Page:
Fireplaces can add value to your home

Nashville has had its first snow, schools are delayed or closed, and if you look out your window the chimneys up and down your street will be letting out smoke, because who doesn’t love a fire in the fireplace this time of year?

What you may not know: about half of the 40 million homes constructed in the U.S. since 1973 were built without a fireplace, and yet consumer study after homebuyer survey indicate that the majority of people want one and are willing to pay extra to have it.

If you have a fireplace in your current home, make sure you regularly inspect and service it for safety. We have previously featured tips for fireplace and furnace safety here.

For homeowners considering adding a fireplace to their existing home, House Logic has answers to the key questions you need to ask to determine if a fireplace is right for you.

fireplace

If you are looking for an immediate fix today, there is always the option of a “virtual” fireplace. Create a digital fireplace with YouTube videos and apps that can stream to your TV! This article from TechHive.com lists some of the top options for the digital experience.

Tips for Fireplace and Furnace Safety

Regular inspection and servicing of fireplaces and furnaces adds to comfort, makes them more economical, and most important, keeps them safe. Regular inspections can prevent a deadly house fire or the introduction of a silent killer: carbon monoxide.

Here’s our checklist to keep you cozy and safe during the winter months:

Wood-burning fireplaces

Fireplace and Furnace Safety1. Inspection by a certified chimney sweep is a must. For heavy use, the chimney should be inspected and cleaned annually. Go up to five years if the fireplace is used only occasionally. The sweep should inspect for proper operation of the damper and for cracks in the flue liner, as well as sweeping the flue to remove creosote and other combustion byproducts.

2. Close the damper when the fireplace isn’t in use.

3. Install a chimney cap if you don’t already have one. You don’t want creatures building their nest in your flue.

4. When starting a fire, “prime” the flue by holding lighted newspaper at the back wall of the firebox to start the warm air rising.

5. Burn aged, dry hardwood if possible. Fir or pine burns hot and deposits creosote in the chimney. Don’t burn construction debris. It may contain toxic chemicals that will vaporize in the fire and could enter the living space.

6. Do not clean out the fireplace when the ashes are still hot. And dispose of the ashes in a place where wayward embers won’t start a fire.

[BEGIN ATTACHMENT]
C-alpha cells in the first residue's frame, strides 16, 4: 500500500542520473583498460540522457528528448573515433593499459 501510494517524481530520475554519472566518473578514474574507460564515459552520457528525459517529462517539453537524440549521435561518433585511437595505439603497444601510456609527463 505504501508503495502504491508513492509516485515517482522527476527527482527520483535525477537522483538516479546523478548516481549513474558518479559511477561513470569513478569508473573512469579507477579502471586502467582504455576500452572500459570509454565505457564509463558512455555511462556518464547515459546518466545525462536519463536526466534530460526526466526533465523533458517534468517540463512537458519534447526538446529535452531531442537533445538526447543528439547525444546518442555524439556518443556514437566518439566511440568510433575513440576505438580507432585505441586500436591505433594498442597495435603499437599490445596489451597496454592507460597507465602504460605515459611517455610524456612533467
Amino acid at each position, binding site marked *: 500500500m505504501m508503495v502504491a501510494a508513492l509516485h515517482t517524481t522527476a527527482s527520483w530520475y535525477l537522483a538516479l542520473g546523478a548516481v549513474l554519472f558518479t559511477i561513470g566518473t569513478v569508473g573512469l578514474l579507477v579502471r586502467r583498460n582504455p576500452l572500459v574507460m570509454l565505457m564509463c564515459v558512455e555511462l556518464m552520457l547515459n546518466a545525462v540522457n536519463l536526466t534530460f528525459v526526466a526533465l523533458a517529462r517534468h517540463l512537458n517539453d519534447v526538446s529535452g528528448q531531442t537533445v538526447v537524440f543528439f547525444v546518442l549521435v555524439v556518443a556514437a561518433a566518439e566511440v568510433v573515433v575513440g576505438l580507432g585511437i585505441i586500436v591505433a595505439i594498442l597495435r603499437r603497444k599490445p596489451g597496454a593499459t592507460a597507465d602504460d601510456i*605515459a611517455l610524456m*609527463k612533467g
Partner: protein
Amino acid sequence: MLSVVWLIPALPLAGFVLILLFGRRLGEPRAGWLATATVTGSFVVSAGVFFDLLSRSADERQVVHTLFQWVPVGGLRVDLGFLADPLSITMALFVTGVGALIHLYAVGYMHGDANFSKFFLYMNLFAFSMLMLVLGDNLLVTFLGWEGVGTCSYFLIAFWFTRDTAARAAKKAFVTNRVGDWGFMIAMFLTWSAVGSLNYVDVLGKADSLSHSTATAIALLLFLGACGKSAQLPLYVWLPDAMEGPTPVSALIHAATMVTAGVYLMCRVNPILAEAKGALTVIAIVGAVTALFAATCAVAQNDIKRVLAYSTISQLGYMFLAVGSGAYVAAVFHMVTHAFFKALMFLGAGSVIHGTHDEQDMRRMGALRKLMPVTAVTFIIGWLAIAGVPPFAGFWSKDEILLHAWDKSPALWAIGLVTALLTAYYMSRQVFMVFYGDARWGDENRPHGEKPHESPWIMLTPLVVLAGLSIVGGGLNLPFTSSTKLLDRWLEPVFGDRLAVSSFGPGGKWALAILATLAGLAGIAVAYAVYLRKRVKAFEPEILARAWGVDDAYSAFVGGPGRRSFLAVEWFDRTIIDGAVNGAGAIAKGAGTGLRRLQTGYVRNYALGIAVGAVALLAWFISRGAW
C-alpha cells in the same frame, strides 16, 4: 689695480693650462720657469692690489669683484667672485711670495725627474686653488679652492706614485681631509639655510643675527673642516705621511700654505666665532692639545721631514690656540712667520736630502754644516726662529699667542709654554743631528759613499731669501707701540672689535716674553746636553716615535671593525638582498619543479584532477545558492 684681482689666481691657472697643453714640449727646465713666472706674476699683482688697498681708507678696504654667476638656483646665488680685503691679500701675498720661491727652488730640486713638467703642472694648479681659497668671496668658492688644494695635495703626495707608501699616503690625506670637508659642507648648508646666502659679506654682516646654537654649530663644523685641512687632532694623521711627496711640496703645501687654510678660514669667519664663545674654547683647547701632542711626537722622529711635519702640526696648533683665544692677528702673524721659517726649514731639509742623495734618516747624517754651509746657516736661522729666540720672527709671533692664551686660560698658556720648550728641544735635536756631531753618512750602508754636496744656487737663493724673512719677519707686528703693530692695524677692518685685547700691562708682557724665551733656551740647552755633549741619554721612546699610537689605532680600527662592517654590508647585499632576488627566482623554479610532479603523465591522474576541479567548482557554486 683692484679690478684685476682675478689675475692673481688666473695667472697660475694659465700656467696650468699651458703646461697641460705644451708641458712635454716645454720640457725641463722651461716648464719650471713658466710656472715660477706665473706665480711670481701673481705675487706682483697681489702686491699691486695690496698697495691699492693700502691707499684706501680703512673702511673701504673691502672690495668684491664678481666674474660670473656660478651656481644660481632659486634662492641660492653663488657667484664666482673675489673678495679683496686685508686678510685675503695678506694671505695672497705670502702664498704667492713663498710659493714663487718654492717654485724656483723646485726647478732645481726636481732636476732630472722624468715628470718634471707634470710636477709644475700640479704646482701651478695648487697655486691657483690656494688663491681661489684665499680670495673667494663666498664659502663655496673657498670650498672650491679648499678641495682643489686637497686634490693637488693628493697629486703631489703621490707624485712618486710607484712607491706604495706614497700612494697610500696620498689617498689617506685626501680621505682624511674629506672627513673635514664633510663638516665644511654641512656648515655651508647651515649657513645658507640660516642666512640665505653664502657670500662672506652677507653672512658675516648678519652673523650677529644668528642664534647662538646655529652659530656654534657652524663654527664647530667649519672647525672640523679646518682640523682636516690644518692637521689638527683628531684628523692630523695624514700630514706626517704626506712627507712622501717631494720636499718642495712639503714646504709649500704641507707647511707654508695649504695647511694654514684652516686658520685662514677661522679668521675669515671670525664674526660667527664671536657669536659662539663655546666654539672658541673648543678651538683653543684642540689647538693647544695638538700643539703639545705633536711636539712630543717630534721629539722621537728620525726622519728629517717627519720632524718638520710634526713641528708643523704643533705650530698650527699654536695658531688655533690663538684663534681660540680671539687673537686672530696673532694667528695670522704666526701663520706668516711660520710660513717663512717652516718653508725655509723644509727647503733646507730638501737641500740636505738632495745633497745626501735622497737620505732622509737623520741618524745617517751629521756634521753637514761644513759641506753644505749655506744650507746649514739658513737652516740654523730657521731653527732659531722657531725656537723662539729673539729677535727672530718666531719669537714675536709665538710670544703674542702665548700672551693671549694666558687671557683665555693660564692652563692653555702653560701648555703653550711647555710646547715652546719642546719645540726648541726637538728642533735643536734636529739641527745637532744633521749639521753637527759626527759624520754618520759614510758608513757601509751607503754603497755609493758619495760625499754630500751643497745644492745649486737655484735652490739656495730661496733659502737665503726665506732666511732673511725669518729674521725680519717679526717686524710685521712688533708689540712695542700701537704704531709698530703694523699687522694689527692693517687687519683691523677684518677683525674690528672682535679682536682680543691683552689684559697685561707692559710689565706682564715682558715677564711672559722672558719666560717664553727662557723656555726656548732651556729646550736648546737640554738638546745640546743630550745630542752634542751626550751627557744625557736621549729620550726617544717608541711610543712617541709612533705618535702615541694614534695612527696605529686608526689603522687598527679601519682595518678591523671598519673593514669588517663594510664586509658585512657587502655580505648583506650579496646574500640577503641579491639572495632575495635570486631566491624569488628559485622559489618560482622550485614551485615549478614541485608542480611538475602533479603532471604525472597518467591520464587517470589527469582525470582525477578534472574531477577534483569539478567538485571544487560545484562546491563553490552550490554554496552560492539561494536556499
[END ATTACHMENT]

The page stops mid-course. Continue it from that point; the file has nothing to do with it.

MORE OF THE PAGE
Fireplace with gas starter

Fireplace and Furnace Safety1. If the flame goes out, wait at least five minutes before attempting to relight the fireplace. This allows time to clear the fireplace of gas.

2. Be alert for unusual odors or odd-colored flames, which are often a sign that the fireplace is not operating properly. In such cases, contact your dealer or licensed technician for servicing. Contact the gas company if you smell gas when the unit is off.

Gas furnace maintenance

1. An annual maintenance check of a gas furnace extends the life of the appliance and ferrets out any hidden problems. A qualified heating contractor should vacuum out the unit, inspect the blower motor, inspect the heat exchanger for cracks, check the electronics and perform a multipoint checklist to make sure the furnace is operating properly.

2. Clean or replace the furnace filter frequently during the heating season. This ensures that air returning from the inside of the house is unobstructed and clean when entering the combustion chamber.

3. Keep vents, space heaters and baseboards clear of furniture, rugs and drapes to allow free air movement.

4. Ensure there is free airflow around your furnace and make sure there are no storage items obstructing airflow.

5. Do not store or use combustible materials, such as chemicals, paint, rags, clothing, draperies, paper, cleaning products, gasoline, or flammable vapors and liquids in the vicinity of the furnace.

6. Carbon monoxide is a colorless, odorless and lethal gas that can occur any time there is incomplete combustion or poor venting. Any home that contains fuel-burning appliances, such as a fireplace or furnace, should have a carbon monoxide alarm installed according to the manufacturer’s instructions.

These tips are courtesy of Inman News and Lowe’s. Click here for more information.